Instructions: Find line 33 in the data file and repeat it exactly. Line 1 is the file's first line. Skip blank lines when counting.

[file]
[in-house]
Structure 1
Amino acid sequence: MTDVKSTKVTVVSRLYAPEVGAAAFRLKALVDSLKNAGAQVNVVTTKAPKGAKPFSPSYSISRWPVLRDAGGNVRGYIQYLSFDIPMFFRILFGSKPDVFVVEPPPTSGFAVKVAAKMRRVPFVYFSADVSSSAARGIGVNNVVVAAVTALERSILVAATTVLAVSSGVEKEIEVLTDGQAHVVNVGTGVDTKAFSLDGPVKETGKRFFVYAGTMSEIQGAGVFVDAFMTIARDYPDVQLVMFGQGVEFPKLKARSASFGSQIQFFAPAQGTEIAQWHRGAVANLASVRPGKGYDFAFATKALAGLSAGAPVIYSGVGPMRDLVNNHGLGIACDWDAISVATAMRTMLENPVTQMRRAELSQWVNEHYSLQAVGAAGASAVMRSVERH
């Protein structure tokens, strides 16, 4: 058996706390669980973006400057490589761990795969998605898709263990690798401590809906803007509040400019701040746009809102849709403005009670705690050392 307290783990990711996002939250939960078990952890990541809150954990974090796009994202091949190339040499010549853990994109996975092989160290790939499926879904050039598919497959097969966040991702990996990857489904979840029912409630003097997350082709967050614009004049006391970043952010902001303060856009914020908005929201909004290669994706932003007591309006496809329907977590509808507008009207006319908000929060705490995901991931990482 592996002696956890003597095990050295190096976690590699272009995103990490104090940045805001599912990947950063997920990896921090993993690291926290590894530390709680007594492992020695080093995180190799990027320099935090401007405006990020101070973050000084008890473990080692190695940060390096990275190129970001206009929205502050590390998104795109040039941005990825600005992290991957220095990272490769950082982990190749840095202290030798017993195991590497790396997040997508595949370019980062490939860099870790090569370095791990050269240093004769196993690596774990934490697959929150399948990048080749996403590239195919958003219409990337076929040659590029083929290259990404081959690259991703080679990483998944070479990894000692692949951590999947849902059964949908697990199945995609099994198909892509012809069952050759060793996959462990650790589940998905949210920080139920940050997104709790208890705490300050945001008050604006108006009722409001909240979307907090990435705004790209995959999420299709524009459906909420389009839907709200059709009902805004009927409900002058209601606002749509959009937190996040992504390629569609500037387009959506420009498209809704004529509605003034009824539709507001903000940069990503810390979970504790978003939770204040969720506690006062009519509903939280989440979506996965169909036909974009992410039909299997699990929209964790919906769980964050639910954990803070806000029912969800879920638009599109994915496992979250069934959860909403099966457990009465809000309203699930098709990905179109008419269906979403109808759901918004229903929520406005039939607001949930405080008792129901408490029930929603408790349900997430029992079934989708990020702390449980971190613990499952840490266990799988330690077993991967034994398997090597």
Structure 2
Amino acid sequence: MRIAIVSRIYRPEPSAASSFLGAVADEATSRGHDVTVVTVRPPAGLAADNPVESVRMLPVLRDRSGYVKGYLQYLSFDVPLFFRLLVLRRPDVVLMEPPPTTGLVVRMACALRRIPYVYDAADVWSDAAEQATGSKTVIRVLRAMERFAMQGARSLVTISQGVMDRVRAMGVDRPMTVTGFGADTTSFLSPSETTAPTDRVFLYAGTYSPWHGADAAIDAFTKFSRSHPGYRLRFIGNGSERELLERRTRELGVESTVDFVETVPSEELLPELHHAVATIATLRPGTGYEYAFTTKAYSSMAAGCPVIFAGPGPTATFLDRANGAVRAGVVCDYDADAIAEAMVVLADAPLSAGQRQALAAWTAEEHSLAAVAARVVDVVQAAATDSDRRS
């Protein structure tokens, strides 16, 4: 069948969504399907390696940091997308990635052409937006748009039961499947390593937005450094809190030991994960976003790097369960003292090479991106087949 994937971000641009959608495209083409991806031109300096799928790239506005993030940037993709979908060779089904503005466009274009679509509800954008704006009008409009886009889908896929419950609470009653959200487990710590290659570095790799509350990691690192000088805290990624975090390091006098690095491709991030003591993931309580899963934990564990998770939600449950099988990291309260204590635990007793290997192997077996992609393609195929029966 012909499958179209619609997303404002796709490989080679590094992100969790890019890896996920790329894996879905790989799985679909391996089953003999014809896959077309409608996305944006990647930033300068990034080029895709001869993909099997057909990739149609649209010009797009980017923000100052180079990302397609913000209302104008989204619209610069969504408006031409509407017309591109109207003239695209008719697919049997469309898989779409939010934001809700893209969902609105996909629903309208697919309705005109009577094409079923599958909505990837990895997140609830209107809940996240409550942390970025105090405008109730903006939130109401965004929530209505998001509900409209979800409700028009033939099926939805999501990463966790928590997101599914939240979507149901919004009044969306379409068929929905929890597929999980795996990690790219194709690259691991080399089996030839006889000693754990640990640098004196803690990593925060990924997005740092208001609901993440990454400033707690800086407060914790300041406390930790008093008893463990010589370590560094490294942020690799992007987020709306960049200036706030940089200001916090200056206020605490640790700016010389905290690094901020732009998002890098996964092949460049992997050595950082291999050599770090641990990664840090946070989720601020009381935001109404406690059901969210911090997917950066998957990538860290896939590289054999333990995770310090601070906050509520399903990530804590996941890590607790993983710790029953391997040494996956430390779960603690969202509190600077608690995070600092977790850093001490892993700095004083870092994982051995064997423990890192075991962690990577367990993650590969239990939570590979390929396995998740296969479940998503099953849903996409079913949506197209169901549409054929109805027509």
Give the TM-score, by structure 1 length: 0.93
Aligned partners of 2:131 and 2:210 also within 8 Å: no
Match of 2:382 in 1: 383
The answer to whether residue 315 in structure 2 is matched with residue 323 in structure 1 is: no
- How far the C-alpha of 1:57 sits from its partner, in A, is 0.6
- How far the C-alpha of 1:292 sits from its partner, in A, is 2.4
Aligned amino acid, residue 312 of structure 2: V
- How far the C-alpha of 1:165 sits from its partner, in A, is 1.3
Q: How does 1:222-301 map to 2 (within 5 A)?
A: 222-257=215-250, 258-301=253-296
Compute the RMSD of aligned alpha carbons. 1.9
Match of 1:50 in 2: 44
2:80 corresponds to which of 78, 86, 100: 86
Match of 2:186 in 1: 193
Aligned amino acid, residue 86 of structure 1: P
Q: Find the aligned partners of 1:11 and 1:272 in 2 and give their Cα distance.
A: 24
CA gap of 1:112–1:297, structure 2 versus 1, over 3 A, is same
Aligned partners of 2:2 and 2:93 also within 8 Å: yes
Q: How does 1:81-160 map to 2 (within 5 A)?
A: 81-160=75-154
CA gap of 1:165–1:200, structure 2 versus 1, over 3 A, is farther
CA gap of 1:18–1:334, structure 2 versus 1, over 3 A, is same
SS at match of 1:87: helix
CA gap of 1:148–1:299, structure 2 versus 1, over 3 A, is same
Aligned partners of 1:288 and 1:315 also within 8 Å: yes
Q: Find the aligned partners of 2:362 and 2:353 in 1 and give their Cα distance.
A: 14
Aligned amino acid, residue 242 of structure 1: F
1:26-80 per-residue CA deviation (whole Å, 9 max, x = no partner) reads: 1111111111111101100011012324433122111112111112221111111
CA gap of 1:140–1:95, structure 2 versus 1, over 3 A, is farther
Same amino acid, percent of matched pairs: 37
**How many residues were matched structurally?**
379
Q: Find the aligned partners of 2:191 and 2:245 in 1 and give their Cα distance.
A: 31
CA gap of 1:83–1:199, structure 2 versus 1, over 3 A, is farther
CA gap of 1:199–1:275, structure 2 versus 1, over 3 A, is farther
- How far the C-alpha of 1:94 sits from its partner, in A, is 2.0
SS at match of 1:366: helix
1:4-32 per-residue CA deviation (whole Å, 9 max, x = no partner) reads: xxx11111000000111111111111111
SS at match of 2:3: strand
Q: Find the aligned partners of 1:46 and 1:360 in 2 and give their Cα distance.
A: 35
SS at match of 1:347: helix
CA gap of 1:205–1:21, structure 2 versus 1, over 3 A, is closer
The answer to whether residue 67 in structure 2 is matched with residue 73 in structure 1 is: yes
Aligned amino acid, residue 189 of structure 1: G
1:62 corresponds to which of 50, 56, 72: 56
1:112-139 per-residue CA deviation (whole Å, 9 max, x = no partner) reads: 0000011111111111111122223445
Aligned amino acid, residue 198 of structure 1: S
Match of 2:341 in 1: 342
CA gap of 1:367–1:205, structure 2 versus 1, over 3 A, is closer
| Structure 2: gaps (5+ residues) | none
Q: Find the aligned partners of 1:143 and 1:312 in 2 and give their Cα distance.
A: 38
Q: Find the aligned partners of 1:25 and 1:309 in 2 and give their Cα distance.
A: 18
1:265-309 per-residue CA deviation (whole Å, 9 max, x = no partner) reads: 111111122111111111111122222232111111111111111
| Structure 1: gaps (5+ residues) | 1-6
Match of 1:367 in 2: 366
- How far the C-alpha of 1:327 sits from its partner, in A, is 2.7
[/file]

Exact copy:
Aligned partners of 1:288 and 1:315 also within 8 Å: yes